The Dancer


As my drum teacher, Clyde Lucas hugely influenced my style, mindset and technique as a swing dancer. He was very fluid in his movements, very controlled in his playing, and very creative overall. He has indirectly helped me realize it’s not about the artificial flashiness that comes from aerials or floor spins, because that only comes after working to become incredibly good at dancing. If you’ve seen me dance before, I tend to dance a lot like he played. I don’t always dance with a lot of movement, but I can dance well, staying controlled and creative at the same time (I say this not to toot my own horn, but because I’ve heard this so many times from other people that I feel confident in taking it as truth). I actually think that a dancer that can do that is already way ahead of the many dancers who know how to do a lot of moves and aerials, but don’t know how to use them.

So, just like drumming, I’ve realized that being able to dance a really slow song well brings one to the next level of dancer. Movements have to be way more precise in a slow song, because speed isn’t there to cover things up. Yes, dancing fast takes skill too, but it’s harder mentally to skillfully dance slow. It requires the patience to have control over your dancing.

Control is huge in terms of dancing well. You can know all the moves in the world, but if you don’t have the basic stuff nailed, it’s worthless. It really is. The moves are cool, but when the music gets fast or slow, you’ll get all out of whack and mess up your partner in the process. Better to nail the basics first.

Then there’s the idea of minimal dancing. Again, like drumming, this is mostly a style issue, but for a beginning dancer, it’s not a bad thing to strive for. I’m speaking mostly for the leads at this point. Especially at the beginning level, it’s a good idea to not move more than you have to as a lead, to help avoid miscommunication with the follow. I know a lot of leads who move way too much, which can confuse the follow as to what she’s supposed to do. Every movement in dancing is important, and can signal a lot to one’s partner. So, if the lead keeps movement to a minimum, every signal is amplified to the follow, making it easier for both sides. Plus, stylistically, if you have dynamics in terms of movement, there’s so much more you can do with the music! But again, it all comes down to the idea of QUALITY of movement, not necessarily amount of movement.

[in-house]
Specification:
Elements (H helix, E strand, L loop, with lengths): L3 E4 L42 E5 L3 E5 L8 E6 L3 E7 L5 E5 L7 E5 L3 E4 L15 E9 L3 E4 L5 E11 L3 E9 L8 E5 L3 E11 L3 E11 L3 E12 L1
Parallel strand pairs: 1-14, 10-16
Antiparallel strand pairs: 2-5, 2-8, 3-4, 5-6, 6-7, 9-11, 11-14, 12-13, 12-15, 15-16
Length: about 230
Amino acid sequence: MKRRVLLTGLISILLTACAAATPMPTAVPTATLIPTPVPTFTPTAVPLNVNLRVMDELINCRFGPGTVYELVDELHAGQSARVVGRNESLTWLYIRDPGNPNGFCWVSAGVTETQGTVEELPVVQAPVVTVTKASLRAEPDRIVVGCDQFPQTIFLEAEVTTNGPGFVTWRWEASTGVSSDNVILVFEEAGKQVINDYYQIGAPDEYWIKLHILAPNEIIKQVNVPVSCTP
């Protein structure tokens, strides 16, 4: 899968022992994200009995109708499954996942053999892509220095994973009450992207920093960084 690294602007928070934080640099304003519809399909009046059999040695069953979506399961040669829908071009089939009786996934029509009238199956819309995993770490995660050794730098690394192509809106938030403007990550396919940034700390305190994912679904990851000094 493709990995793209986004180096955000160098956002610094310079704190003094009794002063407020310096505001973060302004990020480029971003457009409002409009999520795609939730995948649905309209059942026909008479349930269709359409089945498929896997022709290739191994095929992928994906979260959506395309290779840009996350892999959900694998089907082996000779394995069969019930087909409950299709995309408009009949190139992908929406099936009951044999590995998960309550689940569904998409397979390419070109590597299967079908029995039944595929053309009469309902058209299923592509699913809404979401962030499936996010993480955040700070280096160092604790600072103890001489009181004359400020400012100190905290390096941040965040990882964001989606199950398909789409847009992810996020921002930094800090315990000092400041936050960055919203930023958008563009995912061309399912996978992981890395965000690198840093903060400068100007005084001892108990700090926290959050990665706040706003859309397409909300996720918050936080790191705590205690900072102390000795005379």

I owe these observations mainly to studying drumming under Clyde. It just struck me as pretty darn cool that a lot of things that are really important in drumming carried over pretty directly into dancing as well.
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Currently listening to: Eh, I don’t feel like it. My brain’s kinda fried as it is right now, and I don’t have any immediate songs in my head. Okay I lied. Pink Panther. Go listen to that.

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About Derek

Well hello there. I'm a thoughtful chap who loves God and swing dancing. I tend to live in the moment with the future in mind, and I try make everything as worth it as possible. And if I can do something that makes me look silly, making my friends laugh, I'll probably do it. View all posts by Derek

5 responses to “The Dancer

  • Jay

    Now I really want to dance, but I have no one to dance with right now. Thanks, Derek. Thanks a lot. ;)

  • Apache

    Your quote about getting the basics right is gold. Three years of dancing and I am still am trying to drill them in on a daily basis.

    However, I disagree with the point that fast dancing is less difficult, even in terms of a mental state. I think they are just both separate skill sets, with some overlap.

    • thederekmast

      I had to think about that some, and you’re right. What I mean to say is that many beginners don’t WANT to learn how to dance slowly, because they think dancing fast is more fun. Being able to dance slow is equally as important as being able to dance fast, but learning how to dance slowly isn’t a goal of most beginners, which is why I focused on that more. Does that seem right?

  • Apache

    Yep, that seems right.

    However, I would dare argue most of Pennsylvania puts an emphasis on dancing slow versus fast after the initial newbie stage. Its no secret with the exception of few venues like Philly’s Jazz Attack you can expect groovy music or blues after 11 PM-ish.

  • crownpropeller

    Hi, Derek, you asked me on my blog if I had more clips with Clyde Lucas. Yes, I Found more. Go to
    http://crownpropeller.wordpress.com/2012/10/27/wild-bill-davis-in-rheinfelden-1986/

    Armin

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